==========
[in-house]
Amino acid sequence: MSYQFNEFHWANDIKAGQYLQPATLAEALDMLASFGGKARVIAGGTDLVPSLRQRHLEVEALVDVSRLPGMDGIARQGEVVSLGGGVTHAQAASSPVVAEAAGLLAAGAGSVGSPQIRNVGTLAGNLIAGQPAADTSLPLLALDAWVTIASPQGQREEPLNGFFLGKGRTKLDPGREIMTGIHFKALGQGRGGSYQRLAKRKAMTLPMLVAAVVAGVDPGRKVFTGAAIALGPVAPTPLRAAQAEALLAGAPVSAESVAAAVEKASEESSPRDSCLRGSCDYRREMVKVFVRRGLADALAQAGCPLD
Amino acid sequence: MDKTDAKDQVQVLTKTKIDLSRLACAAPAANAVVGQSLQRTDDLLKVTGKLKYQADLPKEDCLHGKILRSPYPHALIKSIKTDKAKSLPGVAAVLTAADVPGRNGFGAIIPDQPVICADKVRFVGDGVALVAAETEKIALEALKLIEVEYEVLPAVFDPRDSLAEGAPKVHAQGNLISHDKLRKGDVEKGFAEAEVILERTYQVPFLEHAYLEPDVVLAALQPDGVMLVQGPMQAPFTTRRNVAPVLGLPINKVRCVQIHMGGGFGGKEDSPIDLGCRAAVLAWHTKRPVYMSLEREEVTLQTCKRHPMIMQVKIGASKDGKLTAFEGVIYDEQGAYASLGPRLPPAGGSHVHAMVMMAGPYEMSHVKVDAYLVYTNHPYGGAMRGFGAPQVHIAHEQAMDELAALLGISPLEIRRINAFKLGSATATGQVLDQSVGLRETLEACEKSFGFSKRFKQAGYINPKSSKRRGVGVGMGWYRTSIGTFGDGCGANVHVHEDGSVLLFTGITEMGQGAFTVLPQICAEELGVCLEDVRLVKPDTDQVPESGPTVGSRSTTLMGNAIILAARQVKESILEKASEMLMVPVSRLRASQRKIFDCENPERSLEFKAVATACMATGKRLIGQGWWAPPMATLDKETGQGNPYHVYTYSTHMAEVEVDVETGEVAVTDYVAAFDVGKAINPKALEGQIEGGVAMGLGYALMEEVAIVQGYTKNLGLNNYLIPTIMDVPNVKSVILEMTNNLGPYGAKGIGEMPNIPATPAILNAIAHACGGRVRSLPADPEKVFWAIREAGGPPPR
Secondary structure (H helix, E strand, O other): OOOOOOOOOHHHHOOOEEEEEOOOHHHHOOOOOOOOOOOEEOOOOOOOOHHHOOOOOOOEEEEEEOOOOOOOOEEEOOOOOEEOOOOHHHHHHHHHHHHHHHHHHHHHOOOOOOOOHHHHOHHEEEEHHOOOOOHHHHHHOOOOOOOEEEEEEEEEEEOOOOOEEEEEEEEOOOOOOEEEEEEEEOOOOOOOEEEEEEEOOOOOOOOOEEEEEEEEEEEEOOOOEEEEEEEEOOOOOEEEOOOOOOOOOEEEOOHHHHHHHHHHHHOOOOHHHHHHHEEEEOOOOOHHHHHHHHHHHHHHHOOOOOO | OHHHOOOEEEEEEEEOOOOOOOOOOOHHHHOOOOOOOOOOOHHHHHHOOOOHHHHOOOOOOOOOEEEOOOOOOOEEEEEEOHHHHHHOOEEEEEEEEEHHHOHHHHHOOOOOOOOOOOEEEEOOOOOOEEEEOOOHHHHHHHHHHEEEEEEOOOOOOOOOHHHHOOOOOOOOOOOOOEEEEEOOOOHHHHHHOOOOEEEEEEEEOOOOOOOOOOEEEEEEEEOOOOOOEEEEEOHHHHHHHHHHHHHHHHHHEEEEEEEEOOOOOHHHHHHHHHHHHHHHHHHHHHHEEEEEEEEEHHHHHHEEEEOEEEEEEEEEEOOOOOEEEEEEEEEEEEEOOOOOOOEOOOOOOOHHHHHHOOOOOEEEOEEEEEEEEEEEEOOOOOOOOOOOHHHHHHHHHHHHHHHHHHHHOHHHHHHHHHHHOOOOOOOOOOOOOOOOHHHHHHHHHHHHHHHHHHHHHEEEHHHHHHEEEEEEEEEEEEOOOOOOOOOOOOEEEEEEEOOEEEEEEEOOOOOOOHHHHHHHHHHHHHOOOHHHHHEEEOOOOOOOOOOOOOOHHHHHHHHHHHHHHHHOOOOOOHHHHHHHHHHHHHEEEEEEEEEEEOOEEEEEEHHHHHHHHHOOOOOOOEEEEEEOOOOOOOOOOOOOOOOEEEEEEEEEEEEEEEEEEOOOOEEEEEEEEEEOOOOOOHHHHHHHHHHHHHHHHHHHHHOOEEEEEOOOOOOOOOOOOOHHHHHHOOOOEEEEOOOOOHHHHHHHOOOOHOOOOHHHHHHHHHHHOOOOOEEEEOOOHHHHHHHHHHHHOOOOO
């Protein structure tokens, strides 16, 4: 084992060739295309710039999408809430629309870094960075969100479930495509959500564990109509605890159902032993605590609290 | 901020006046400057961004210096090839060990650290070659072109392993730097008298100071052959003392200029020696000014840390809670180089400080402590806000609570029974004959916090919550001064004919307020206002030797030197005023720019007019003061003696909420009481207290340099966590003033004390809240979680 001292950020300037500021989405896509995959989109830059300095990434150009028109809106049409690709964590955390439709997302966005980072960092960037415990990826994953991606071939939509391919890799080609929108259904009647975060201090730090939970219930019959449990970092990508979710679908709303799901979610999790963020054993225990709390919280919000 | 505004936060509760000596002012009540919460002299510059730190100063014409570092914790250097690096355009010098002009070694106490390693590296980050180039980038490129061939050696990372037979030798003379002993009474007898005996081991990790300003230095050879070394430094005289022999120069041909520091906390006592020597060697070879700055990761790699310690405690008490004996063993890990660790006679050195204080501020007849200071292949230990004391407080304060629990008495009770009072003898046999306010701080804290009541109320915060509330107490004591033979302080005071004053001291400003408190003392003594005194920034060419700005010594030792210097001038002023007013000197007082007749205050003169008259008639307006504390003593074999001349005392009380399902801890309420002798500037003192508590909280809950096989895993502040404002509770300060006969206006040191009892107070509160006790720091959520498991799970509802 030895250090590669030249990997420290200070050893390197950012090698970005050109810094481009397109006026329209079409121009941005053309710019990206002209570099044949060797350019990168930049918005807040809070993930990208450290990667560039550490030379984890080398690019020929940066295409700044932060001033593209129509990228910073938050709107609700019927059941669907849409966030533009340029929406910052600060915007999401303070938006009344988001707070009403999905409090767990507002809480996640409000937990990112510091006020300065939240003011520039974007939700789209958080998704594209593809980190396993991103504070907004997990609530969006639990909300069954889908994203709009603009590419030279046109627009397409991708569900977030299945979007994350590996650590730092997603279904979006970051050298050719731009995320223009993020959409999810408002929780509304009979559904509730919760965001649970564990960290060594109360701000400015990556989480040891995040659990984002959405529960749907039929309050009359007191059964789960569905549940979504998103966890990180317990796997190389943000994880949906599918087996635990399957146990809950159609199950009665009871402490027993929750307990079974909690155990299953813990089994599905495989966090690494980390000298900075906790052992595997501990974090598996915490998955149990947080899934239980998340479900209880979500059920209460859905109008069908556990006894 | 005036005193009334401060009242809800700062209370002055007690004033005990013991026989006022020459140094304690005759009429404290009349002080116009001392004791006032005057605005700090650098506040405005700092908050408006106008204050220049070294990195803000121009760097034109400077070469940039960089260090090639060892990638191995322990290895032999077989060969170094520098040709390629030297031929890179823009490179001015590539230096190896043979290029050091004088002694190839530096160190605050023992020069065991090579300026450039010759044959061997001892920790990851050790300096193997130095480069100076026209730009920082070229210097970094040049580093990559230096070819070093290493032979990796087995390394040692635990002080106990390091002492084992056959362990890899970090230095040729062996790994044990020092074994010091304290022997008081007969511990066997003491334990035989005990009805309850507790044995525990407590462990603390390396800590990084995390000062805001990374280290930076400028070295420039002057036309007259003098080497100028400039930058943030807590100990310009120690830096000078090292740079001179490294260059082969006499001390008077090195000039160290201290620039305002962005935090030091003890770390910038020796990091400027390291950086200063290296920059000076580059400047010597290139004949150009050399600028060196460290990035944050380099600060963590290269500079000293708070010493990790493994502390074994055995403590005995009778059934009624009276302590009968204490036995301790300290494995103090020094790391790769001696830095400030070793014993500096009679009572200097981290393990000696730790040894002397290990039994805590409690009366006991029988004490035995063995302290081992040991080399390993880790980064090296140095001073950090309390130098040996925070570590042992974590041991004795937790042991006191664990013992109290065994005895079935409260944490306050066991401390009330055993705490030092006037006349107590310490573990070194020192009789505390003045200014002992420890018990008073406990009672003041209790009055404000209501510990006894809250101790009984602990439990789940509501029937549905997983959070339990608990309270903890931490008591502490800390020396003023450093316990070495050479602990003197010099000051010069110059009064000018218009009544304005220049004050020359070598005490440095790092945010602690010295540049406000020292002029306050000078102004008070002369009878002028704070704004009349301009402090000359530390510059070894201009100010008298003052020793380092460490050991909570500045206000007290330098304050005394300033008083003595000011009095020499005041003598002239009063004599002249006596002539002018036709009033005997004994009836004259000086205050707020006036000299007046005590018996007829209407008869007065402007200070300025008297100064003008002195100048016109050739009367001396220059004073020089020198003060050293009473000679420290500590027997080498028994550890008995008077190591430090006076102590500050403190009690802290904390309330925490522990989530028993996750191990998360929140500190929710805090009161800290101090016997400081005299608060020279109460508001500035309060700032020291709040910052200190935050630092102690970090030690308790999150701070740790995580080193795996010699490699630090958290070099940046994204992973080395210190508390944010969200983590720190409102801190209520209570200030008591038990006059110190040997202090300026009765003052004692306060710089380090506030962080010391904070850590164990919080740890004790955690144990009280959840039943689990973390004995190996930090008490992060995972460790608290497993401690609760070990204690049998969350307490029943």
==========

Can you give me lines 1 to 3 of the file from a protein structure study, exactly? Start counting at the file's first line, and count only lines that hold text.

[in-house]
Amino acid sequence: MSYQFNEFHWANDIKAGQYLQPATLAEALDMLASFGGKARVIAGGTDLVPSLRQRHLEVEALVDVSRLPGMDGIARQGEVVSLGGGVTHAQAASSPVVAEAAGLLAAGAGSVGSPQIRNVGTLAGNLIAGQPAADTSLPLLALDAWVTIASPQGQREEPLNGFFLGKGRTKLDPGREIMTGIHFKALGQGRGGSYQRLAKRKAMTLPMLVAAVVAGVDPGRKVFTGAAIALGPVAPTPLRAAQAEALLAGAPVSAESVAAAVEKASEESSPRDSCLRGSCDYRREMVKVFVRRGLADALAQAGCPLD
Amino acid sequence: MDKTDAKDQVQVLTKTKIDLSRLACAAPAANAVVGQSLQRTDDLLKVTGKLKYQADLPKEDCLHGKILRSPYPHALIKSIKTDKAKSLPGVAAVLTAADVPGRNGFGAIIPDQPVICADKVRFVGDGVALVAAETEKIALEALKLIEVEYEVLPAVFDPRDSLAEGAPKVHAQGNLISHDKLRKGDVEKGFAEAEVILERTYQVPFLEHAYLEPDVVLAALQPDGVMLVQGPMQAPFTTRRNVAPVLGLPINKVRCVQIHMGGGFGGKEDSPIDLGCRAAVLAWHTKRPVYMSLEREEVTLQTCKRHPMIMQVKIGASKDGKLTAFEGVIYDEQGAYASLGPRLPPAGGSHVHAMVMMAGPYEMSHVKVDAYLVYTNHPYGGAMRGFGAPQVHIAHEQAMDELAALLGISPLEIRRINAFKLGSATATGQVLDQSVGLRETLEACEKSFGFSKRFKQAGYINPKSSKRRGVGVGMGWYRTSIGTFGDGCGANVHVHEDGSVLLFTGITEMGQGAFTVLPQICAEELGVCLEDVRLVKPDTDQVPESGPTVGSRSTTLMGNAIILAARQVKESILEKASEMLMVPVSRLRASQRKIFDCENPERSLEFKAVATACMATGKRLIGQGWWAPPMATLDKETGQGNPYHVYTYSTHMAEVEVDVETGEVAVTDYVAAFDVGKAINPKALEGQIEGGVAMGLGYALMEEVAIVQGYTKNLGLNNYLIPTIMDVPNVKSVILEMTNNLGPYGAKGIGEMPNIPATPAILNAIAHACGGRVRSLPADPEKVFWAIREAGGPPPR